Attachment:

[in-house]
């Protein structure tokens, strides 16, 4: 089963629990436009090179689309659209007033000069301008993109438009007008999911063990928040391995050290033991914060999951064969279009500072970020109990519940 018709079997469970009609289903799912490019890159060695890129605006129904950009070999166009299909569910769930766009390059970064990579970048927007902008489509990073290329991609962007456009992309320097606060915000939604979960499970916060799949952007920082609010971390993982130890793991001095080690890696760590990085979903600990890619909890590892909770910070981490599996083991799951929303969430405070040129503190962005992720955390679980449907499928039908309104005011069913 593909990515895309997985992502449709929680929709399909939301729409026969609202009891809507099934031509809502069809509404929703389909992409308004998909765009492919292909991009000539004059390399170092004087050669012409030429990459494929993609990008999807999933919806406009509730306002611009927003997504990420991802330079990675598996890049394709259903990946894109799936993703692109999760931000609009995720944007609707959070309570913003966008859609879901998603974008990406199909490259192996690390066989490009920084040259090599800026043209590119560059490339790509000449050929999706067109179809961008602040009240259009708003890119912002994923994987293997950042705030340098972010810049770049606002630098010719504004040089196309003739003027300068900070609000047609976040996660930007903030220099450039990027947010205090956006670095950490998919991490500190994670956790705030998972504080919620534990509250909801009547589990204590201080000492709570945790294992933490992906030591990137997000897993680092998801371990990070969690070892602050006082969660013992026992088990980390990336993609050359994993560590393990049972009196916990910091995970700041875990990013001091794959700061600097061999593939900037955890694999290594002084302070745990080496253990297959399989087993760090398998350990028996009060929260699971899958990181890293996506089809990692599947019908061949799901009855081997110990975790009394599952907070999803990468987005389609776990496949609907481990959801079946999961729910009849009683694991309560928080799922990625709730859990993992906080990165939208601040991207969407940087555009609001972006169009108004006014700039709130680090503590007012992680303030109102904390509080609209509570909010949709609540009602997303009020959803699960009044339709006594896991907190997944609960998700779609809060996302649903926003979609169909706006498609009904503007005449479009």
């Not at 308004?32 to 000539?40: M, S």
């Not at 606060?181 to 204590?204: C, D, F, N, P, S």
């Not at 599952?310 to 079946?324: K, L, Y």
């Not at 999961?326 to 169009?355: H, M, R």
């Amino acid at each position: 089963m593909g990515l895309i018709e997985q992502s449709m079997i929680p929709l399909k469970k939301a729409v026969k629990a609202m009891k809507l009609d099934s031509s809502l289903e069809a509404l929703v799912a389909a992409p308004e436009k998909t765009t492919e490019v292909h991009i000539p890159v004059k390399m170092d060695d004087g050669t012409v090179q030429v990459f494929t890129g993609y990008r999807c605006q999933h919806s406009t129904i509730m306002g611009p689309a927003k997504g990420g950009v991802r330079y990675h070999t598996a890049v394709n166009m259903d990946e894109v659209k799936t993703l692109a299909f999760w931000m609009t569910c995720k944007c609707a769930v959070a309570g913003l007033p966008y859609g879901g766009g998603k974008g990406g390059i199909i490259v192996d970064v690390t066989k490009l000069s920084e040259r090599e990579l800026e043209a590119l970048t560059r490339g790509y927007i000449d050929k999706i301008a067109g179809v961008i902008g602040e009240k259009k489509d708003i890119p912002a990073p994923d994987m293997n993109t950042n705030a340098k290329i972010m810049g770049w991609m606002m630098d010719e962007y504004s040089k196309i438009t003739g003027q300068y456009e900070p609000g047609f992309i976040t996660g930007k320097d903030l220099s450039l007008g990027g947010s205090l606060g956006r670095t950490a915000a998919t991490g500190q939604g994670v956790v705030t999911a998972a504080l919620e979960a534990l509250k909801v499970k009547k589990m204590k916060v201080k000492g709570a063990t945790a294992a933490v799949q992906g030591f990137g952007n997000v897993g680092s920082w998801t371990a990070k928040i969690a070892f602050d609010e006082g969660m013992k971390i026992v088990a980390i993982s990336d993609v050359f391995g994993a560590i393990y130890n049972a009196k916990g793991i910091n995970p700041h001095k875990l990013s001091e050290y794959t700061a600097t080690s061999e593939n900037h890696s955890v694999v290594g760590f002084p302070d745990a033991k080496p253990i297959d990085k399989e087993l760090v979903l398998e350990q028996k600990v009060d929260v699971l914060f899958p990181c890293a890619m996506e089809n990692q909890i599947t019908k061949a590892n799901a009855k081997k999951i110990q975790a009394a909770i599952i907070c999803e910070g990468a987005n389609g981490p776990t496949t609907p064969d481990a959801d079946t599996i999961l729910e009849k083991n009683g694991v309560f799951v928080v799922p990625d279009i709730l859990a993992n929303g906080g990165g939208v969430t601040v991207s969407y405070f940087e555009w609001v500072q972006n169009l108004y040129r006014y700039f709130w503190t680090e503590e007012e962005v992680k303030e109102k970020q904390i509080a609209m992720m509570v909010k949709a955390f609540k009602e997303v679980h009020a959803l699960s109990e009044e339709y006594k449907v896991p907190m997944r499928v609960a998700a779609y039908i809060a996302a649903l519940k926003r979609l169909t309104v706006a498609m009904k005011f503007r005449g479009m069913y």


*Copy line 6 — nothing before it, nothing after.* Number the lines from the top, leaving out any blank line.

């Not at 999961?326 to 169009?355: H, M, R």